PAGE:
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CAN ORGANISATIONAL RESTRUCTURING OF HOSPITALS IMPROVE QUALITY AND SAFETY? THE EXPERIENCE AT SYDNEY CHILDREN'S HOSPITALS NETWORK
  1. Glen Farrow
  1. Sydney Children's Hospital Network, Australia

Abstract

Background In New South Wales serious publicised adverse events in 2006 brought quality and safety to community attention. The Garling external review of 2008 made 139 recommendations, including the creation a single children's hospital. This was addressed by the creation of the Sydney Children's Hospitals Network (SCHN) in June 2010. SCHN brought together the boards and management structures of Sydney Children's Hospital Randwick and the Children's Hospital at Westmead.

Objectives In business, restructures are often implemented to improve performance, safety and customer satisfaction, but improvement has been difficult to demonstrate in healthcare. This study asks whether quality and safety have been improved by the formation of SCHN in June 2010.

Methods Quality data within IHI domains of quality (safe, effective, patient-centred, timely, efficient) has been compared pre and post SCHN. Results are analysed in split control charts, with Chi squared analysis, P scores and benchmarking with data from the Clinical Excellence Commission NSW, and “Solutions For Patient Safety” a North American collaboration of 80 children's hospitals. Restructuring of clinical governance was based on the principals of alignment, networks and improving situational awareness.

Results Significant improvement was seen in several parameters of quality and safety including fewer serious incidents, fewer medico legal cases, fewer medication errors, better access to emergency departments, fewer complaints and maintaining readmission rates despite a 20% increase in activity.

Conclusions At SCHN organisational restructuring has improved quality and safety performance. Structural alignment within agreed quality standards, network roles that share learnings between facilities and better situational awareness are thought to be responsible.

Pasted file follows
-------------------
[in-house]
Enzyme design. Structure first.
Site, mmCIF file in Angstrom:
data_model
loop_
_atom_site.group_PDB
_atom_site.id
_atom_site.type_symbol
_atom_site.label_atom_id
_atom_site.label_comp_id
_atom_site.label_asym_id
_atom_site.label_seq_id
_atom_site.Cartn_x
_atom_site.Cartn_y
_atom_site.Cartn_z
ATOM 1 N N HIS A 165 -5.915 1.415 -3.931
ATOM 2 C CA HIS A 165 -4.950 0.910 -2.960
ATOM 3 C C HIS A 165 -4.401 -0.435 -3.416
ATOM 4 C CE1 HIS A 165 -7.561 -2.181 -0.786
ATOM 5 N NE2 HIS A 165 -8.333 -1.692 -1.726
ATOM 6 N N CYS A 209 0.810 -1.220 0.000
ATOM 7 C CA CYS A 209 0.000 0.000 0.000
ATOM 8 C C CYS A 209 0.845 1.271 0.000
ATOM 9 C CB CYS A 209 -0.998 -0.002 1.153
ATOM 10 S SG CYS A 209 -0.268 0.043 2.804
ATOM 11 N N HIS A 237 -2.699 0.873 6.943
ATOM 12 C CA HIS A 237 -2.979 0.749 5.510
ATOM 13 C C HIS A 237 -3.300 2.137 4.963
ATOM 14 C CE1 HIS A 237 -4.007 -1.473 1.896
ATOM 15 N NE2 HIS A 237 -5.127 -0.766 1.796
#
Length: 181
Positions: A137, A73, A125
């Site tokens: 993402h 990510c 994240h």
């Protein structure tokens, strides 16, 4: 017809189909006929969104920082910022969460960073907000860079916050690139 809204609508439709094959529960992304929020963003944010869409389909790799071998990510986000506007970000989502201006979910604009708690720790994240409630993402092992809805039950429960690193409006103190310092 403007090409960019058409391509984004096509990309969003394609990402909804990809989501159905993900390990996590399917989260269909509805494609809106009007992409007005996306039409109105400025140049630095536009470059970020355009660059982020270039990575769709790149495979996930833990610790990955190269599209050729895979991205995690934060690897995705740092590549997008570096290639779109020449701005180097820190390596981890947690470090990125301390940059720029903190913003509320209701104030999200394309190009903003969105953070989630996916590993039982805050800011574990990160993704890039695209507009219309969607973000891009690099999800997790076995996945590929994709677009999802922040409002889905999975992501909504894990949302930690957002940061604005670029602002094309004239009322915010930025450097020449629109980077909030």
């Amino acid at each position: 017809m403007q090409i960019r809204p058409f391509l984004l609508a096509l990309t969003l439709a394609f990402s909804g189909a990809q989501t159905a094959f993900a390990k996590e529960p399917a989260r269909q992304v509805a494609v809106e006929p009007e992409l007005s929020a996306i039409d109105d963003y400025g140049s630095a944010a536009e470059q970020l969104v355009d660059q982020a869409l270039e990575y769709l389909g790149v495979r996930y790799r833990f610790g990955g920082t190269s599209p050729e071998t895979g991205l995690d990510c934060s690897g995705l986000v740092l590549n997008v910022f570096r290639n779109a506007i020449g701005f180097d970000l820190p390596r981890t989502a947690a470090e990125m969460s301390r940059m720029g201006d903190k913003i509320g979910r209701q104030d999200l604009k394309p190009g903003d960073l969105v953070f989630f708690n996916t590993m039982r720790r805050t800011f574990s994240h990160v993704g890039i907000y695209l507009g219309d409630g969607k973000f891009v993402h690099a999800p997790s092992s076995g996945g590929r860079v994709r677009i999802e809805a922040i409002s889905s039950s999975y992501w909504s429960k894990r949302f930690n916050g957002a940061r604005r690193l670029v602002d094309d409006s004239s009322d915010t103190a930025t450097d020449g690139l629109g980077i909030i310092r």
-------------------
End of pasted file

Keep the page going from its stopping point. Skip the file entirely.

Figure 1

SCHN inpatient activity including day cases 2005–2014.

Figure 2

SCHN SAC 1 and 2 incidents as a % of separation.

Figure 3

Total incidents reported SCHN as a percentage of separations.

Figure 4

Total incidents reported at CHW increased p<0.05.

Figure 5

Total incidents reported at SCH decreased p<0.05.

Figure 6

SAC 1s at CHW: harm is reduced.

Figure 7

Time delay in medicolegal notifications.

Figure 8

SCHN Medicolegal cases reduced (p<0.05).

Figure 9

SCHN CVAD infections: benchmarking with North America.

Figure 10

SCHN medication errors: benchmarking with North America.

Figure 11

SCHN medication errors 2009–2014.

Figure 12

Total number of ward arrests: benchmarking with Cincinnati Children's Medical Centre.

Figure 13

SCHN readmission rates increased at 28 days.

Figure 14

SCHN “Did not wait” significantly reduced (p<0.01).

Figure 15

SCHN formal complaints reduced (p<0.1).

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